By Drew Johnson
One of my favorite parts of working at South County Community Services is getting to know the clients that we serve, and one of the best ways of doing that is helping someone with a food pantry.
Food is something that everyone needs, so the food pantry is a great way to see a cross-section of the community. Some people come in knowing exactly what they need—these are people who have been here before and want to make it easy on the pantry volunteers. They might help keep track of points or do a little bit of restocking while they’re shopping. Others walk into our building and look like deer in the headlights—they have never been to see us before and they don’t know what to expect. Many of those people have been putting off coming to a food pantry because they are afraid of being judged. (Little do they know, our pantry volunteers are some of the most caring and understanding people around!) Everyone comes in for a slightly different reason and has their own unique history.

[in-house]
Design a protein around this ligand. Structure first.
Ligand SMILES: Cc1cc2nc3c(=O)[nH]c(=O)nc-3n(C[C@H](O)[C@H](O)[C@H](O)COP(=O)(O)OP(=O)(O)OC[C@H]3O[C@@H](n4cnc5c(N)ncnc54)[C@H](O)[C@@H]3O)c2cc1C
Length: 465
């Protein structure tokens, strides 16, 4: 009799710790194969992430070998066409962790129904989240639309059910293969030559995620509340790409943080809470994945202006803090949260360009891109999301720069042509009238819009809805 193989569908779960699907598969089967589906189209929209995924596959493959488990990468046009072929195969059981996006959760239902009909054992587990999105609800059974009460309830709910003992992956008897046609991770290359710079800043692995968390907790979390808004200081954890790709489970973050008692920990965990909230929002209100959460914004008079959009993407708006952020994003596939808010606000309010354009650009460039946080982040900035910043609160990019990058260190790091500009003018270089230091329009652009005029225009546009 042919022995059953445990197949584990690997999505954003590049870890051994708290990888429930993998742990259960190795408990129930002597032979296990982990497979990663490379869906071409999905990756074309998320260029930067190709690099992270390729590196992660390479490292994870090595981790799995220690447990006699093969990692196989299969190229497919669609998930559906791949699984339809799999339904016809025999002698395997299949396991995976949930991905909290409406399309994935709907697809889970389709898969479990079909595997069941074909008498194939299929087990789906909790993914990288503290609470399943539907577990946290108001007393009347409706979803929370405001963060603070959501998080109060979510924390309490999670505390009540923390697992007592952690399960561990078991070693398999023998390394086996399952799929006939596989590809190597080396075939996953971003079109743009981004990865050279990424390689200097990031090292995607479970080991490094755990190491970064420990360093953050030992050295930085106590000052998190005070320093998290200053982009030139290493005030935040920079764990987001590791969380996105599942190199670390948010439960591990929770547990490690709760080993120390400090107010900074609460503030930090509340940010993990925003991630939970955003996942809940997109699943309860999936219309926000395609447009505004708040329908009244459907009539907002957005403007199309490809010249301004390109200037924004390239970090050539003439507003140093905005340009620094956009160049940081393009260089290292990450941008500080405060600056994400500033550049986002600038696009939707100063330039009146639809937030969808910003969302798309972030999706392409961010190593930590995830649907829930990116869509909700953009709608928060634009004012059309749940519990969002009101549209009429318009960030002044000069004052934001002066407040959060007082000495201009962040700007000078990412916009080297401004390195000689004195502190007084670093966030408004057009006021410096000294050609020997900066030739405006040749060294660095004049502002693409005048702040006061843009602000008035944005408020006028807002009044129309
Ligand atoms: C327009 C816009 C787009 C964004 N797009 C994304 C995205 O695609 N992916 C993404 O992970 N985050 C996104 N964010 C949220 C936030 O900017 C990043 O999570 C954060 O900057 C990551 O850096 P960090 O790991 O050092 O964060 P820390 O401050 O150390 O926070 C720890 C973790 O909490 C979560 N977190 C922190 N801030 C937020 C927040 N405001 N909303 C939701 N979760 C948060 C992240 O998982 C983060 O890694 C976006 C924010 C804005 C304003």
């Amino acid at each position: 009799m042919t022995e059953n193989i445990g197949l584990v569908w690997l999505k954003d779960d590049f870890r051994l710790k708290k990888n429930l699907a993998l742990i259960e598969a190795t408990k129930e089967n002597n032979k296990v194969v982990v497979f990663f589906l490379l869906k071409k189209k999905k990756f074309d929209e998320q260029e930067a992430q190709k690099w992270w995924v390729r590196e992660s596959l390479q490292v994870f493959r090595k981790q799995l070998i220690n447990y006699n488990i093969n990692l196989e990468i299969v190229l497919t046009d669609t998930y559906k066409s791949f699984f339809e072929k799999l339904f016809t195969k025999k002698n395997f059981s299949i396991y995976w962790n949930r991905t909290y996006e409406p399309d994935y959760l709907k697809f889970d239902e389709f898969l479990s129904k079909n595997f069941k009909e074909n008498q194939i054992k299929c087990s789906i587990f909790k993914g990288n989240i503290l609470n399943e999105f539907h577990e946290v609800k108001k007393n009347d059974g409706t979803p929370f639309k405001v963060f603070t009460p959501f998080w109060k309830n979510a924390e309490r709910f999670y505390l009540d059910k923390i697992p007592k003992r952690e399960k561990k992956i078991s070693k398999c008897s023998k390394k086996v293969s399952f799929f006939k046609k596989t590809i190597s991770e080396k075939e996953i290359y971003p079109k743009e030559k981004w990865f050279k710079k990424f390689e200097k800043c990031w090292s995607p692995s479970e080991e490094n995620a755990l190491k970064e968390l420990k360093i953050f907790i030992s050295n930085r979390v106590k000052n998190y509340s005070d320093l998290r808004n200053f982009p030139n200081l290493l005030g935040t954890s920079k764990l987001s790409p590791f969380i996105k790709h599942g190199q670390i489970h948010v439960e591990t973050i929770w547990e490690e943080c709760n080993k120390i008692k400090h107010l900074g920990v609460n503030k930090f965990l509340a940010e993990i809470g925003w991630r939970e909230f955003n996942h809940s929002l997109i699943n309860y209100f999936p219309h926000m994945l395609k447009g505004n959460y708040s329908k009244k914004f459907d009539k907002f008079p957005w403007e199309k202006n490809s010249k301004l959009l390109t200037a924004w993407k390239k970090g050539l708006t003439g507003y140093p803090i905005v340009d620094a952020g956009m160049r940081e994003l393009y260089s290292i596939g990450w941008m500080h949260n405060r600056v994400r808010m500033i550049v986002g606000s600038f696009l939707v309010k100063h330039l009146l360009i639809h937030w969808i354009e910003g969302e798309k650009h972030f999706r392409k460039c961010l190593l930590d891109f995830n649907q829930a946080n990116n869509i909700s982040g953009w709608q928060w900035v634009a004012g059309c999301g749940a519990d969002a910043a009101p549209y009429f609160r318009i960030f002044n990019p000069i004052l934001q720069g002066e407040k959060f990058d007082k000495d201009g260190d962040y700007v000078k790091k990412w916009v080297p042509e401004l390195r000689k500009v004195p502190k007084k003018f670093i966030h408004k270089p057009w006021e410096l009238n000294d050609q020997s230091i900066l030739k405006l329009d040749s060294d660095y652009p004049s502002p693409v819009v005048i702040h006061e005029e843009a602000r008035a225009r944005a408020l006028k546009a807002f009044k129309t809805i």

Everyone coming through the pantry signs in so that we can get accurate data and track the food we distribute, but it’s when they are walking through the pantry that people really open up. At our food pantry, we utilize a shopping model—our clients are able to pick their own food and only have a limitation on total number of items received (apart from a few difficult-to-obtain items that we put a limit on). While they shop, we follow behind, bagging up the food and keeping track of points.
It’s easy to make conversation about what “the kids” will eat or how to make a meal that the whole family will like and I often catch myself storing away hard-earned tips from other parents. We talk to people shopping after working an overnight and before they go home to crash; we talk to people who are shopping to take care of grandchildren recently placed in their care; and we talk to people who just need to vent.
By the end of the pantry visit, we have had about a 15-minute conversation. Sometimes that might entail a discussion about their situation and other resources that might work for them, or sometimes it’s just 15 minutes of me gleaning tips for getting kids to eat their vegetables from a parent who has kids a few years older than me. In every case, however, we have gotten a little closer to the people around us, built community connections, and learned a little more about being human.
Drew Johnson lives in Kalamazoo and is the Director at South County Community Services. He can be reached at 649-2901 or email@example.com